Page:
The archaeological site of Avaris (also Auaris) is located in the eastern Nile delta in the immediate vicinity of today's town of Tell el-Dabʿa (8 km north of the modern provincial capital Faqus, in the province of Sharqia). The site can be identified with certainty as Avaris, capital city of the Hyksos (ca. 1640–1530 B.C.) and as the southern part of Pi-Ramesse (today, the town of Qantir), the delta residence of Ramses II and his successors.

Avaris was a hub site of important trade routes to the sea and to the interior. Its location between the Pelusian arm of the Nile, which guaranteed access to the Mediterranean, and the Bahr el-Baqar was decisive for the significance of the city, while on the other hand its location at the terminus of the Horus Road, which led to Palestine over the northern Sinai peninsula, also played an important role. The city enjoyed a vital function as a port, where presumably much of the sea trade was transacted. This trade is attested via inscriptions, yet is also evident in the large amount of imports such as, for example, amphorae found here. Due to its exposed location in the north-eastern Nile delta, which allowed it to control the flow of goods and people, Avaris possessed a strategically important position from a military perspective in addition to its economic relevance.

History of Research

Édouard Naville already undertook the first excavations at this site in 1885. During excavations in 1928, Mahmud Hamza came across a massive palace site dating to the 19th and 20th Dynasty, ca. 2 km north of Tell el-Dabʿa at the southern boundary of the village of Qantir, which he identified as Pi-Ramesse. In the years 1941–1942, Labib Habachi carried out investigations for the Egyptian Antiquities Service and, for the first time, proposed an identification with ancient Avaris. Between 1951–1954, in the course of excavations near ʿEzbet Rushdi, Shehata Adam brought to light part of the area dating to the 12th Dynasty, and underneath this, a temple for the cult of Pharaoh Amenemhet I. Since 1966 (with a brief interruption from 1970 to 1974), the archaeological site has been investigated by the Cairo branch office of the Austrian Archaeological Institute, from 1966 until 2009 under the direction of Manfred Bietak, and since 2009 under the direction of Irene Forstner-Müller.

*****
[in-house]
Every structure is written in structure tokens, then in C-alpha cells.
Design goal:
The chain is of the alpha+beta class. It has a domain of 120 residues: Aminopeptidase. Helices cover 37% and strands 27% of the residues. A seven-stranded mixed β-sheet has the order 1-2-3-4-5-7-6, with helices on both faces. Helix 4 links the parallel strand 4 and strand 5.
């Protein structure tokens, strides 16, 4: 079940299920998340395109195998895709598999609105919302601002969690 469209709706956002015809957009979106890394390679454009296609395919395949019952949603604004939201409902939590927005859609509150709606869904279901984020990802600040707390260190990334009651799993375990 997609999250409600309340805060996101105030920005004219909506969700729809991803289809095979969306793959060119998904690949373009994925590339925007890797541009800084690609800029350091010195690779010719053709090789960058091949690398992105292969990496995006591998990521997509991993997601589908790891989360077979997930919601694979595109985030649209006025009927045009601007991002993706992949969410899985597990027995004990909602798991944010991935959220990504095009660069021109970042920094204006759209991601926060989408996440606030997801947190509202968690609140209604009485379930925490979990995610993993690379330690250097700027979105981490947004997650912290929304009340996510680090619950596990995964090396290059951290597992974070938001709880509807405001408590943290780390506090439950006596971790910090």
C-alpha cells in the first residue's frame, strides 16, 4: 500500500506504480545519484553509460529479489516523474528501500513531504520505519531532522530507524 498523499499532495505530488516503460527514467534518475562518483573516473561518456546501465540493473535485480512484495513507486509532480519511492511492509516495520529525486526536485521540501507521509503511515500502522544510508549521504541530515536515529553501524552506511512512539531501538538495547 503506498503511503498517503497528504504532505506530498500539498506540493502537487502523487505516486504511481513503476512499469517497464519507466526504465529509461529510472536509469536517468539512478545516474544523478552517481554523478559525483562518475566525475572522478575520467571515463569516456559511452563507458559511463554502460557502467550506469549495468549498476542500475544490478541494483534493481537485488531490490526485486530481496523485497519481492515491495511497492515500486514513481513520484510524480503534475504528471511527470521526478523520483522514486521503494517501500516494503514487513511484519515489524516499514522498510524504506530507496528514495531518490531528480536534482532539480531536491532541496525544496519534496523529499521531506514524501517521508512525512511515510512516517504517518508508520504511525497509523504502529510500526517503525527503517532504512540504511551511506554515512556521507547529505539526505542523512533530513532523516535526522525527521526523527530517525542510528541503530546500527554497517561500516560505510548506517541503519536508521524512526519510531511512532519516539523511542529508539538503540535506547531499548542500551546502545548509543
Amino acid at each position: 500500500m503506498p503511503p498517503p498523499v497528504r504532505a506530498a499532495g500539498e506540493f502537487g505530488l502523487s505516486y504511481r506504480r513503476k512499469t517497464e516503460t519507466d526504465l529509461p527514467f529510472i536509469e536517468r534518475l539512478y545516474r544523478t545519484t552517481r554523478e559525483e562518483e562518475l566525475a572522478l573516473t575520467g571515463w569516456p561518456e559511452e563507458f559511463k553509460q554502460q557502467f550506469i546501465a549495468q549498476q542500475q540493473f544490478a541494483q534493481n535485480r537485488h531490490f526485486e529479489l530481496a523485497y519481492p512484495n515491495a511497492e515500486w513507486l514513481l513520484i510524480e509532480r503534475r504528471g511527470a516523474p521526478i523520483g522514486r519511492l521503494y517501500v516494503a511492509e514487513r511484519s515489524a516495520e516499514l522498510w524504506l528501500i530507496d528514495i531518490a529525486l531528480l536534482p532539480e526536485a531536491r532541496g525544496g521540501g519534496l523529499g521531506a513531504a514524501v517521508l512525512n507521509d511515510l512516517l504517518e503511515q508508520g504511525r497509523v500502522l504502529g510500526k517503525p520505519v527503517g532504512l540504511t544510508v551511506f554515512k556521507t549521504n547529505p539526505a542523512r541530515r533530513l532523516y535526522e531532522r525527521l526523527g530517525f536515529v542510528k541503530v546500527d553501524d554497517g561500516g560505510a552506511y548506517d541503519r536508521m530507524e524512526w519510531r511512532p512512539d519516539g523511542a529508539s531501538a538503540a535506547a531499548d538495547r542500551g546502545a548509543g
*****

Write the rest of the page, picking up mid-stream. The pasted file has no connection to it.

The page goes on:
Whereas during the earlier investigations the exposure of palaces played a central role, more recently the research focus has shifted to issues of settlement archaeology and urbanistic questions. The overview plan of Tell el-Dabʿa, created on the basis of geomagnetic survey, provides a foundation for this research approach. Amongst other aspects, this approach includes the study of the ancient river arms and the reconstruction of the harbour landscape.


In antiquity, Avaris lay on the Pelusian branch of the Nile, the eastern-most arm of the Delta. This location offered a rapid connection to the Mediterranean coast and into the Nile valley. Based on geophysical investigations the ancient topography, which to a very large extent is no longer preserved, could be reconstructed in the vicinity of Tell el-Dabʿa. The modern surface area is flat and is agriculturally exploited. Only a small tell is visible (to the north of Areal A/II), which is today used as a cemetery.

In the pharaonic period the territory consisted of a chain of small hills of sand ridges, so-called 'geziras'. As land which was protected from flooding, they offered favourable settlement locations. Two wide side branches (F2 and F3) led to the east from the Pelusian branch of the Nile; these were connected via smaller branches, thus surrounding the geziras as 'islands'. Although branch F2 was indeed shallower than F1, it was still navigable. In contrast, branch F3 was presumably still active as a river arm at the beginning of the Middle Kingdom, yet nevertheless in the late Hyksos period it was already extensively silted up.

The city reached its greatest extent during the 15th Dynasty, and again during the Ramesside period. At the end of the 20th Dynasty, at about 1100 B.C., Pi-Ramesse was abandoned, presumably due to the silting up of the Pelusian branch of the Nile. When the settlement was relocated to Tanis, 30 km distant, numerous monuments from Pi-Ramesse were also transported. This led to the fact that Tanis was at first identified with the Ramesside city due to the large number of inscriptions found there.

In the course of the silting up of the Pelusian branch of the Nile, after the 20th Dynasty the city was abandoned for almost half a millennium; an extensive settlement with tower houses and a temple was only inhabited again after the reactivation of the waterway, from the Saite and Persian period up until the early Ptolemaic period.

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